RIght now, I am thinking of hanging the dresses slightly above my eye level, suspended from the ceiling. I may pad out the skirt with red netting. I will go to the used store display place and get plus sized hanging torsos. I am thinking that the old shoe forms may be coming out of storage and will become part of the display...as will the leftovers, the stitching failures, the test pieces... Bojagi? Thread/shred piles? galvinized buckets call my name...I will need to figure out why that is. Certainly, the project is struggling to become an installation, as usual. Nostalgia is pushing its head in. Evocative objects want to be part of this. Must boogie, though, on the assembly. I have made ready the studio for production sewing. Soon it will begin.
As you can see, the first petticoat is finished. A quick dip in the indigo took the edge off of the brilliant red.
Stay tuned, more photos to follow.
The day is not yet done and neither is the ruffle. I have been embroidering 5 yards of ruffle for around 7 hours. the end is near... Much detail work, much blue tape. Maybe a yard left to do.
Indigo is an exciting process. The vat is green, the cloth comes out green and instantly starts to turn blue. The vat stinks of ammonia, yet, as the indigo oxidizes, it takes on a floral scent. It is SO beautiful! But, a lot washes out. Yesterday I did three dips per item, massaging the cloth under the surface and counting slowly to 100 on each dip. The garments were nearly black with Indigo. After the wash, they are the mottled color of faded denim. I think I am OK with that because these first garments are for the over 50 year old woman. She has seen a lot of life already and some wear and tear are to be expected.
(color note: the iPhone seems to have a hard time capturing the complex color of indigo. The most accurate color shot is the shot of the back of the dress.)
It took a lot of dinking around with Thiox to sharpen the vat sufficiently, reduce more of the free indigo. I dipped 2 pairs of leggings , 1 dress and 1 jacket today. Here they are before washing. Ultimately I dipped them 3 times. They are in the laundry now. WHAT WILL THEY LOOK LIKE? Like me, you'll have to wait and see.
I designed and ordered fabric from Spoonflower. I sewed 2 pair of leggings up today that speak: the language of the people who responded to the survey last spring. They will, of course, be dyed in the indigo vat. And there will, ultimately, be 4 pairs.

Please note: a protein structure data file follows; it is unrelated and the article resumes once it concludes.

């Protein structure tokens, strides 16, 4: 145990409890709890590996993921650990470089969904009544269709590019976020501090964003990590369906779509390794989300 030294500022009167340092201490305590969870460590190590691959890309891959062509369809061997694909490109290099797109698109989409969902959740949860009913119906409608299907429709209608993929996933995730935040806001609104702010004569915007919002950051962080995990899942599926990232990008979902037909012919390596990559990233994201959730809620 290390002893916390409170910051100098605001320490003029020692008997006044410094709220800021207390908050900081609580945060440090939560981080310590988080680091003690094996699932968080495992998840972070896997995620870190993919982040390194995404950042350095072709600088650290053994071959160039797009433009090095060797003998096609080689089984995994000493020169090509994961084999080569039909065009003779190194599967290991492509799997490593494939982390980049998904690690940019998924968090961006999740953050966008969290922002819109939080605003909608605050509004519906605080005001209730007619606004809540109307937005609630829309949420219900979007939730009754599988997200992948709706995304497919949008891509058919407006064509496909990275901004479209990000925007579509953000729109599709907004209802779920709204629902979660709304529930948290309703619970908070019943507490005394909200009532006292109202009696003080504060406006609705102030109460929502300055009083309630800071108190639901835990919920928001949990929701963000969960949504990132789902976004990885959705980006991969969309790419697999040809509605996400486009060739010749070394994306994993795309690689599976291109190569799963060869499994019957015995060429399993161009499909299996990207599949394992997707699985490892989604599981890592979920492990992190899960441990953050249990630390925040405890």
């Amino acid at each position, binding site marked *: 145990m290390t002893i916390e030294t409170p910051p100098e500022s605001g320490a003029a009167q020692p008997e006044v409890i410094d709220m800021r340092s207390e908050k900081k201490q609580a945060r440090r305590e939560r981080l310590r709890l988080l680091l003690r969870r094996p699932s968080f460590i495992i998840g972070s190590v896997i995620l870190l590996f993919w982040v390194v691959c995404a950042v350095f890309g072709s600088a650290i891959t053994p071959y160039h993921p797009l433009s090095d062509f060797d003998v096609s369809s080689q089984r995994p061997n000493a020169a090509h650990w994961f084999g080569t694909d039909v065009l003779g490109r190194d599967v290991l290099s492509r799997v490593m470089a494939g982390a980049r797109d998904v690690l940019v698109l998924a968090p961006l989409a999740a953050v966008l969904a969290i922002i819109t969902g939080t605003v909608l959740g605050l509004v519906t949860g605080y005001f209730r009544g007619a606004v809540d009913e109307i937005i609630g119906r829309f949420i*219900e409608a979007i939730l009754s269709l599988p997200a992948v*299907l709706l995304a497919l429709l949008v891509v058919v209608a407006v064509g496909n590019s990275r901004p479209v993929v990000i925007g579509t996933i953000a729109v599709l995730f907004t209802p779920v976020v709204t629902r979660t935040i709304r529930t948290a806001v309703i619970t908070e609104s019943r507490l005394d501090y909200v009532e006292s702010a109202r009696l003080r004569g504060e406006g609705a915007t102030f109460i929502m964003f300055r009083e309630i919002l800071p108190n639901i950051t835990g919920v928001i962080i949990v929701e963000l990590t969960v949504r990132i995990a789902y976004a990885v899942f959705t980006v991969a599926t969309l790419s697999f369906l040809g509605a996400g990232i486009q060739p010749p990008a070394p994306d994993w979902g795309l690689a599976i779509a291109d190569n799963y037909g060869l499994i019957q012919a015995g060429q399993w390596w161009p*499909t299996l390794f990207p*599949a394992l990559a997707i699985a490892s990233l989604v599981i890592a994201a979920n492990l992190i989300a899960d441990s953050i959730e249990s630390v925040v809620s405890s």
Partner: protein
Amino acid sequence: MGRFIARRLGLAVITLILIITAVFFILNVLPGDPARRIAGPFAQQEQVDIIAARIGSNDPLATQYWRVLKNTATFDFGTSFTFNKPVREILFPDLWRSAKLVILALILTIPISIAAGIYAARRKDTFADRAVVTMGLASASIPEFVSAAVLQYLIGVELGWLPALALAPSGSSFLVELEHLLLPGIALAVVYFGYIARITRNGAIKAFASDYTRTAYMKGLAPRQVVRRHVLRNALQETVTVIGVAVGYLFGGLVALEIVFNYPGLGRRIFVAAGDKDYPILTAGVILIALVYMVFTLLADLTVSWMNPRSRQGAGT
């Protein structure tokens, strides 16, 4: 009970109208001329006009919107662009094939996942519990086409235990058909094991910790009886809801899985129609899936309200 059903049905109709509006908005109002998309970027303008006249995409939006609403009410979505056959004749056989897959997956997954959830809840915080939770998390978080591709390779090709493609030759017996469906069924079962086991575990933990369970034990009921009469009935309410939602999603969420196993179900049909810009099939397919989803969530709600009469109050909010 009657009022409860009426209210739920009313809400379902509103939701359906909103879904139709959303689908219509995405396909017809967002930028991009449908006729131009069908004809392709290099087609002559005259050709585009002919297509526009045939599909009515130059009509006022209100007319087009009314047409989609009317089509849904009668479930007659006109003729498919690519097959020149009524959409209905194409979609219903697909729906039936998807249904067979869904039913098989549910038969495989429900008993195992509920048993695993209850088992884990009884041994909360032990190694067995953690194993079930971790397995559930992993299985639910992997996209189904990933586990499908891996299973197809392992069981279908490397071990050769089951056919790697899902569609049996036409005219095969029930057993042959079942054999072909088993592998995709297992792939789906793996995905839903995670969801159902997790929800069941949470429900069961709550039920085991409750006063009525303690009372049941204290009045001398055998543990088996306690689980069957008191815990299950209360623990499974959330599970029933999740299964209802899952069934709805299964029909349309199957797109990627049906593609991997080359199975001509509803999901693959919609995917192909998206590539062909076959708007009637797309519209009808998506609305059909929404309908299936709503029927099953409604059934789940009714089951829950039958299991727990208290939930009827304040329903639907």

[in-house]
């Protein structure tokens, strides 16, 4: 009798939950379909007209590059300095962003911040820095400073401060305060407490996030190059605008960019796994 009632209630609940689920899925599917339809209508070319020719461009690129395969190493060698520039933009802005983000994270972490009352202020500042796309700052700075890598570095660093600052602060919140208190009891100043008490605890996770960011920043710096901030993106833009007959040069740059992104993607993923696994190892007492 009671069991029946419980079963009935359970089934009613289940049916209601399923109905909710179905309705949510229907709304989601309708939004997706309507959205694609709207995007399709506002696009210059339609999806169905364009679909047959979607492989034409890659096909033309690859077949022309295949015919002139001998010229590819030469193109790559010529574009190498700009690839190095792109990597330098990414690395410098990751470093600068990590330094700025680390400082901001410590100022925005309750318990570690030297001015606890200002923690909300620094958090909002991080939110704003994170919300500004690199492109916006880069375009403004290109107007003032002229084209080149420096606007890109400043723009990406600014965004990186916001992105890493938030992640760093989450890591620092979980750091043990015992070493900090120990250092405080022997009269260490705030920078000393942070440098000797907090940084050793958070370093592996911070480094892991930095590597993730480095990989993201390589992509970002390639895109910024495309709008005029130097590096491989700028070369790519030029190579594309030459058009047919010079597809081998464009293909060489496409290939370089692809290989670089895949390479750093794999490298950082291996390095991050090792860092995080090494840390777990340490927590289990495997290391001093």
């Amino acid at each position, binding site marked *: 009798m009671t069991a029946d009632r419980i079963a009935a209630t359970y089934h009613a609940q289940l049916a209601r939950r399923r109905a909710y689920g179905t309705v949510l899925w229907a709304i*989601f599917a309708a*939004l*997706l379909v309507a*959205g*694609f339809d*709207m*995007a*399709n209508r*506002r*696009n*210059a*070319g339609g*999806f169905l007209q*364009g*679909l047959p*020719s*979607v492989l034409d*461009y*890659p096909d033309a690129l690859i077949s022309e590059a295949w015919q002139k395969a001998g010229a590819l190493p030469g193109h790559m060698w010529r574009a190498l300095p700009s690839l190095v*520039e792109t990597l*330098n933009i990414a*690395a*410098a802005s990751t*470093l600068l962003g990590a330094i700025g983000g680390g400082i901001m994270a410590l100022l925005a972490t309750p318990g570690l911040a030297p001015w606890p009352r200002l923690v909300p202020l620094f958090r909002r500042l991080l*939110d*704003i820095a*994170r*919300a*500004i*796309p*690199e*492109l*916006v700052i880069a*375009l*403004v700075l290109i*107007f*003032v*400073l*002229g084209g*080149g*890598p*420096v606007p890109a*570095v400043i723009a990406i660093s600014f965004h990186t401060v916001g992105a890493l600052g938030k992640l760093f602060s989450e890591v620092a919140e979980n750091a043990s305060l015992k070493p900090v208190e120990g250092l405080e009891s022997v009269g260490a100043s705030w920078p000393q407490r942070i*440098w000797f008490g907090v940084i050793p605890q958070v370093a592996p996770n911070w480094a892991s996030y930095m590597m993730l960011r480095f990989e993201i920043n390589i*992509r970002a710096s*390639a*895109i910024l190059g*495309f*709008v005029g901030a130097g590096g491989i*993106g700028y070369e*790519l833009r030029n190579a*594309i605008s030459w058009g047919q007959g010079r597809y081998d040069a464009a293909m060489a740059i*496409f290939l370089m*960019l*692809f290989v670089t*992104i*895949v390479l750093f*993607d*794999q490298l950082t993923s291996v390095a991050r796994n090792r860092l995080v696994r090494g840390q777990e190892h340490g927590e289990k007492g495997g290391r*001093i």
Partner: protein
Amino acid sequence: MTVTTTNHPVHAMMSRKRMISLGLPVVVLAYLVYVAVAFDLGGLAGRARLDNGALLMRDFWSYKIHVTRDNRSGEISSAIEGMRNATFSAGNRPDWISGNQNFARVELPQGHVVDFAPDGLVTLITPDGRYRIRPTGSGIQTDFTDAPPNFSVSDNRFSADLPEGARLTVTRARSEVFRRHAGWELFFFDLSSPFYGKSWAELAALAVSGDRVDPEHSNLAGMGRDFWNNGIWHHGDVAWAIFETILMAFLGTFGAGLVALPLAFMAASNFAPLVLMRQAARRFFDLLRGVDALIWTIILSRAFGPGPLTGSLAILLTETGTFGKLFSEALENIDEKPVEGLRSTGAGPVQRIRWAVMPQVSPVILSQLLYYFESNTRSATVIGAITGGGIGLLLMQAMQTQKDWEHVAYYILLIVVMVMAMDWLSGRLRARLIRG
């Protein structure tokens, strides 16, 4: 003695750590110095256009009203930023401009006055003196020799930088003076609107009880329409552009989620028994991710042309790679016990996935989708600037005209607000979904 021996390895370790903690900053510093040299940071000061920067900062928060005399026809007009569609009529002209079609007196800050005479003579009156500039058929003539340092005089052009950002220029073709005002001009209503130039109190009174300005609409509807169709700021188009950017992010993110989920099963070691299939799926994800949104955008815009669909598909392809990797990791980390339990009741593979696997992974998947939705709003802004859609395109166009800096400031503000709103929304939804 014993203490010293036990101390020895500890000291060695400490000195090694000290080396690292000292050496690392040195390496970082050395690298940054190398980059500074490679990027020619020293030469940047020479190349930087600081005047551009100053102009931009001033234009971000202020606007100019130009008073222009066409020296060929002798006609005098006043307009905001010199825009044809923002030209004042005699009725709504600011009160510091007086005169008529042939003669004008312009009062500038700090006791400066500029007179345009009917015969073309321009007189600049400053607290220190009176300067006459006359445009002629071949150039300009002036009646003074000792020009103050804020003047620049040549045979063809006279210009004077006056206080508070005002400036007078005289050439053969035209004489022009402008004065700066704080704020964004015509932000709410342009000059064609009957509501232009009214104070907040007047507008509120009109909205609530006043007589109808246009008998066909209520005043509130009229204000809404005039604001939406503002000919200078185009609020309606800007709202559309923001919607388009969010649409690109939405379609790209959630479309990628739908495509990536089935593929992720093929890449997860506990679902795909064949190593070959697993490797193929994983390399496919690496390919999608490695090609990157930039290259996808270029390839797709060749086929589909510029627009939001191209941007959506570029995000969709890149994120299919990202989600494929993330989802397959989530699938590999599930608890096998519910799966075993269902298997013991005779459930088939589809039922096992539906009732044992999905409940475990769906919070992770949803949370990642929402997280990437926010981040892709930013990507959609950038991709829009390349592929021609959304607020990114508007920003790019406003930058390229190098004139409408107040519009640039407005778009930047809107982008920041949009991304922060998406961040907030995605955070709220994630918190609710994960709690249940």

Those who know me well, know that I am "allergic" to measuring. Well, with this project it has been a crucial skill. I'm getting the hang of it. Below you will see placement marks for the dress border.
Dressage is horses, right? You can train horses to do elegant things. To march in a totally unnatural, regal manner. Right?
Not so the embroidery machine...or the embroiderer. I began embroidering directly on the dress today... along the hem edge. It is going well. there are 7 round patterns on each bias panel of the dress. I got 5 done today. #6? It tried to eat the dress . But I saved it.
I also began drafting the petticoat pattern. Using a very short half slip as a guide, I drafted the top half of the petticoat. This part will be sewn in opaque nylon tricot. Later, like tomorrow, I will figure out how long the ruffle needs to be. It will be embroidered and edged with lace.
We Jerome grantees met today at Concordia University Art Center Gallery to begin the planning for our show.
Our show is titled TRUTH TELLING. We all are dealing with various versions of hard truths that are often hidden or denied: domestic violence; ageism/sexism; mental illness; environmental loss. So we will tell our truths. The opening is slated for November 13, with an informal gallery talk from 5-6pm, reception from 6-8 pm.
Finally, after much delay, testing, seven hour stitchings ending in the trash can...I have completed the embroidery on the 50 years old and up jacket! Now, it needs to be indigo dyed and then lined. Onward, ever onward!
WEARING MY AGE
I have received a grant from the Jerome Foundation to work on a project that I have called "Wearing My Age."